Netbeans ships with a robust profiler which is easy to use and minimally invasive. You don’t even have to be using Netbeans as your development environment (I use IntelliJ) or even be on the same machine running the VM you want to profile. Thus you can troubleshoot a production environment from afar. Yesterday I figured out how to profile a java process running as a Windows’ service via The Java Service Wrapper. The instructions below assume Java 5 on both Mac and the windows machine as well as Netbeans 6.5+.
To get started, launch Netbeans and select Attach Profiler from the Profile menu.
The next screen will prompt you for the remote host name as well as operating system.
The next screen just confirms your settings.
On this screen you will want to Generate Remote Pack before clicking finish. Clicking the remote pack button will generate a zip file that you will deploy on your windows box. It contains two jar files and a platform specific DLL. By default Netbeans saves the remote pack to an obscure directory under /tmp. I recommend picking a location that is easier to find.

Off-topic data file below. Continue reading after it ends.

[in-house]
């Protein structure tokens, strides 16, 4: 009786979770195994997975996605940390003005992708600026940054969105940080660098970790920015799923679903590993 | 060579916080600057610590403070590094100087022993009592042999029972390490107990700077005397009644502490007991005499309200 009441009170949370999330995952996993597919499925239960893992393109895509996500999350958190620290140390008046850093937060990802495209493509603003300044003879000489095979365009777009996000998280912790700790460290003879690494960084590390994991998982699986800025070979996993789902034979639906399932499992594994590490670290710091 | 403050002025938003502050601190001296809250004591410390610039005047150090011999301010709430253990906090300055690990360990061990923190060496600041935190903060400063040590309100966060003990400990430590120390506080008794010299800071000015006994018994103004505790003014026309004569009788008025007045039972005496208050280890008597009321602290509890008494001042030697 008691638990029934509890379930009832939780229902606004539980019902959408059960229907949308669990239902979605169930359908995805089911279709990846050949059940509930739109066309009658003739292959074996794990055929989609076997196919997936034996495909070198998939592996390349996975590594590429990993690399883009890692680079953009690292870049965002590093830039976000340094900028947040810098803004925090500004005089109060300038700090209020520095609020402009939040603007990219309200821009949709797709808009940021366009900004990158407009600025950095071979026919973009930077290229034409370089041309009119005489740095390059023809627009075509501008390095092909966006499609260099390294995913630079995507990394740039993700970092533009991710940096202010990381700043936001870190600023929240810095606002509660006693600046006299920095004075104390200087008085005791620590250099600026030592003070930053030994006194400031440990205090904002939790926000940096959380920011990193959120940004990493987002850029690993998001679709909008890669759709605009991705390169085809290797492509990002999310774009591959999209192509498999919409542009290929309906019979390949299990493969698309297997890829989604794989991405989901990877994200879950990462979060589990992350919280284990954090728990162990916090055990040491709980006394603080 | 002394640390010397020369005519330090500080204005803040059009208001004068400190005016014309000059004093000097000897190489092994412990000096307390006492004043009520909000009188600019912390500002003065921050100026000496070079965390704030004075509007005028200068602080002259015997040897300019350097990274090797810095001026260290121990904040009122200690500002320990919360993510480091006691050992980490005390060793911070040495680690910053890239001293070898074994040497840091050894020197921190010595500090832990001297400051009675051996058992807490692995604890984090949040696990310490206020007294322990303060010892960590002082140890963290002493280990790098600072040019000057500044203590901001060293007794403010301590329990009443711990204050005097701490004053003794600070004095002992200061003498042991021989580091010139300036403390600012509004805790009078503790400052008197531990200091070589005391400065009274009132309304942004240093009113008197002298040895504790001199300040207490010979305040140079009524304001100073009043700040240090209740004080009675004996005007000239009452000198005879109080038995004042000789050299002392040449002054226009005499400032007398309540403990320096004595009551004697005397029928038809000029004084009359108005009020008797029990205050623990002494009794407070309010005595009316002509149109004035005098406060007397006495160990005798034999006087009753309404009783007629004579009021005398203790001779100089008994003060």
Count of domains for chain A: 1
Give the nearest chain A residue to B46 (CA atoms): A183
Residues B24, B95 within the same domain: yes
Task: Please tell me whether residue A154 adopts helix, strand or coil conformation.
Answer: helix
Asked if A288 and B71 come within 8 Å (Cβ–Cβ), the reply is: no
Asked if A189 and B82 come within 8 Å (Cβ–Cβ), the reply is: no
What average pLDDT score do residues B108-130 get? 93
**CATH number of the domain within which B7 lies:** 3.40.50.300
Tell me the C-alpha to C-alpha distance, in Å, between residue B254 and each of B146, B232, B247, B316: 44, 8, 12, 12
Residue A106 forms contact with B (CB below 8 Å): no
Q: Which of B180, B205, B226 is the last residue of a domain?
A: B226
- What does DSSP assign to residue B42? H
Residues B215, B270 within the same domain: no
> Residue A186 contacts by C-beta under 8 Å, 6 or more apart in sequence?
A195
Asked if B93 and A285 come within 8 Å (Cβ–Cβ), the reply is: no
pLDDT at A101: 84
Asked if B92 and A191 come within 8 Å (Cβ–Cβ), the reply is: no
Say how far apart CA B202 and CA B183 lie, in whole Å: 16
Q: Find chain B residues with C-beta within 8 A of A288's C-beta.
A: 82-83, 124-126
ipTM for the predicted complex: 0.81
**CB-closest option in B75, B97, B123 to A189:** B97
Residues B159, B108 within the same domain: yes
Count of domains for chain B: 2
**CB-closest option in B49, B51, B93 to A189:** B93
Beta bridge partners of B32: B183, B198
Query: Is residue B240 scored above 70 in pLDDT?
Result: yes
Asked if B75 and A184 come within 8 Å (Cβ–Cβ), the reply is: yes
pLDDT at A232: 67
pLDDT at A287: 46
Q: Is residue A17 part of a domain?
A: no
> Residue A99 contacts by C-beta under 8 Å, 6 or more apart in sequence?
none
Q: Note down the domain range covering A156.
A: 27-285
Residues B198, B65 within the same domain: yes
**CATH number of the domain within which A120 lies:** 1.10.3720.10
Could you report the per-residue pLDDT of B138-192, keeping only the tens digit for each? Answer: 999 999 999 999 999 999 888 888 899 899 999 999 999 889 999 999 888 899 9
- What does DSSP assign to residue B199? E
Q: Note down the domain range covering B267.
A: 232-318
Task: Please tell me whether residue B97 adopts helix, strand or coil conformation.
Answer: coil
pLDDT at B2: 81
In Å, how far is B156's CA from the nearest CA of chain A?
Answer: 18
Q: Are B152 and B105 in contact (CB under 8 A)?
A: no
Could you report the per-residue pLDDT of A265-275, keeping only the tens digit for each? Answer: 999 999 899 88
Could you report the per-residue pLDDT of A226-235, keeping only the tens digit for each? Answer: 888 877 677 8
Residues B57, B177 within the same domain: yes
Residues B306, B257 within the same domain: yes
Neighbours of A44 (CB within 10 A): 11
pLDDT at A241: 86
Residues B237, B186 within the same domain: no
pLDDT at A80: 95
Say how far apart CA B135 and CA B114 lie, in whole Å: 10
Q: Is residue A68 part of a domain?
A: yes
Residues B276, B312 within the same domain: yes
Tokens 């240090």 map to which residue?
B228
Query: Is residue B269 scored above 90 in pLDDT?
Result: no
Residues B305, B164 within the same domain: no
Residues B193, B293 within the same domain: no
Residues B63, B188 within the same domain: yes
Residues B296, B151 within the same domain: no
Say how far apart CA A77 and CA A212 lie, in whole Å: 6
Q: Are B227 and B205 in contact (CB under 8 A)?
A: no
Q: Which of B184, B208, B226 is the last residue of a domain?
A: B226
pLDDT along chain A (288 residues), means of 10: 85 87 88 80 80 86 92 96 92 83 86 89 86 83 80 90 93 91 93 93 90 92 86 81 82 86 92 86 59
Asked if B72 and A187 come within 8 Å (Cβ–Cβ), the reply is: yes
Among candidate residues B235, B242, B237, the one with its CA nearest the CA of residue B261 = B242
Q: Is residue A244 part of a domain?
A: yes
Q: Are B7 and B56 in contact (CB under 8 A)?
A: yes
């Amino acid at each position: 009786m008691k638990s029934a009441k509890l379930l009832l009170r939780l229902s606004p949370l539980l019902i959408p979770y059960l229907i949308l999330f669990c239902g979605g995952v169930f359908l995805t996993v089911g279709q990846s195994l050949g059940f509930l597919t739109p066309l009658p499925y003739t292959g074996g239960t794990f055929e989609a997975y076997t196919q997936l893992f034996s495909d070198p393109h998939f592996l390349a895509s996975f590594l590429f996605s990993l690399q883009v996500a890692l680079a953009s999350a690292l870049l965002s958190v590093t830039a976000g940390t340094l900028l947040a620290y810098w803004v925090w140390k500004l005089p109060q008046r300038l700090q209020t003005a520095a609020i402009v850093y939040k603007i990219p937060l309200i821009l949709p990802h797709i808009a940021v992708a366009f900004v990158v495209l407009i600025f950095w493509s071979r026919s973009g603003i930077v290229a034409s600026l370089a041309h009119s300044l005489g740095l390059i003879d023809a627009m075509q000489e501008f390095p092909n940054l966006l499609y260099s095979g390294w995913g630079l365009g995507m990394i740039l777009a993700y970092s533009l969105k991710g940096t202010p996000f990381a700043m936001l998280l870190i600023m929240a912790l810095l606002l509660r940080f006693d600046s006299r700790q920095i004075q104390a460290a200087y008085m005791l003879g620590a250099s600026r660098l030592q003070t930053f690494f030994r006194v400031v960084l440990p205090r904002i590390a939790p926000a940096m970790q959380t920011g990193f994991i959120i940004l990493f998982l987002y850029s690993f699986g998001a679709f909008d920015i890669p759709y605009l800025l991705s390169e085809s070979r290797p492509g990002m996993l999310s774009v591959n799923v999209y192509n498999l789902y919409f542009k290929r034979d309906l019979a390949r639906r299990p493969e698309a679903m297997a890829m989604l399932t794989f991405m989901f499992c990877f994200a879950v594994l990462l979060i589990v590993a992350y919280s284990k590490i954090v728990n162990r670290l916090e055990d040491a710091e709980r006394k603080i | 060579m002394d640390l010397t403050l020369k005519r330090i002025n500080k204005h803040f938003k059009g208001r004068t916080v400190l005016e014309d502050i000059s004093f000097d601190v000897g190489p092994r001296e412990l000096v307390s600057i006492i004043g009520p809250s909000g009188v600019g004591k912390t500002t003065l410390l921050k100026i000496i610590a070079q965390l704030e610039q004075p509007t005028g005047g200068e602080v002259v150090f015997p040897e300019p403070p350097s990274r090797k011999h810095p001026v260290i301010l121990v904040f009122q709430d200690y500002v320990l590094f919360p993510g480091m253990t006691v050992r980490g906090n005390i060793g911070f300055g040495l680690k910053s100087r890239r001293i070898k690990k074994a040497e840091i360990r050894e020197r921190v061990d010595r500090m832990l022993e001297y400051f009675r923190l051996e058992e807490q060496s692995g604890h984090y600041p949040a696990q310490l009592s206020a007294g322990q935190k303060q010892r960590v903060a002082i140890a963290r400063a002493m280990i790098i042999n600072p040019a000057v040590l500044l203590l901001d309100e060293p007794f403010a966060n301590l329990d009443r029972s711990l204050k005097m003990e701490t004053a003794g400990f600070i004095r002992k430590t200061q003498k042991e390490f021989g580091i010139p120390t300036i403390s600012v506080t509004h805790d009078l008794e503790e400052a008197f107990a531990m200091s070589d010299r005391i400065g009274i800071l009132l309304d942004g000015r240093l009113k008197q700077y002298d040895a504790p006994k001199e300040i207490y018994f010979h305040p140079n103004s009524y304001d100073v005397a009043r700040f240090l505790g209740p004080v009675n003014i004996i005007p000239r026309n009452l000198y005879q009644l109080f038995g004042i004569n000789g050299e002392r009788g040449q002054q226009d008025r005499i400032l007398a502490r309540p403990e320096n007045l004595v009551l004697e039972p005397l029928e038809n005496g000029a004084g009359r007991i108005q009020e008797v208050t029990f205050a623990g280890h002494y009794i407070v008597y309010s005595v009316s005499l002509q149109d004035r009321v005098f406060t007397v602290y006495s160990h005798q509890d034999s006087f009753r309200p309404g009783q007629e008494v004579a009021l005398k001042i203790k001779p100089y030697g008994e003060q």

If you expand the pack you will see the files below. Running the bat files on windows assumes that java.exe is in your path and that JAVA_HOME is set. To profile an application with a 1.5 JVM you would use the profile-15.bat. To profile with 1.6 you would obviously use the profile-16.bat file. You use the bat files as a replacement for typing java at the command line. So to profile foo in bar.jar you would type profile-15.bat -classpath bar.jar foo.
On Windows I expanded the zip file at the root of the C volume and changed the name of the directory from profiler-server-win to profiler. Then add the following snippet to your wrapper.conf file:
# Disable the pings so wrapper doesn’t kill the JVM while waiting for the profiler.
When you start the service, the service will pause waiting for the profiler to connect.
Click attach in Netbeans – now you can start digging through the VM!
Note: With remote profiling you cannot generate heap dumps.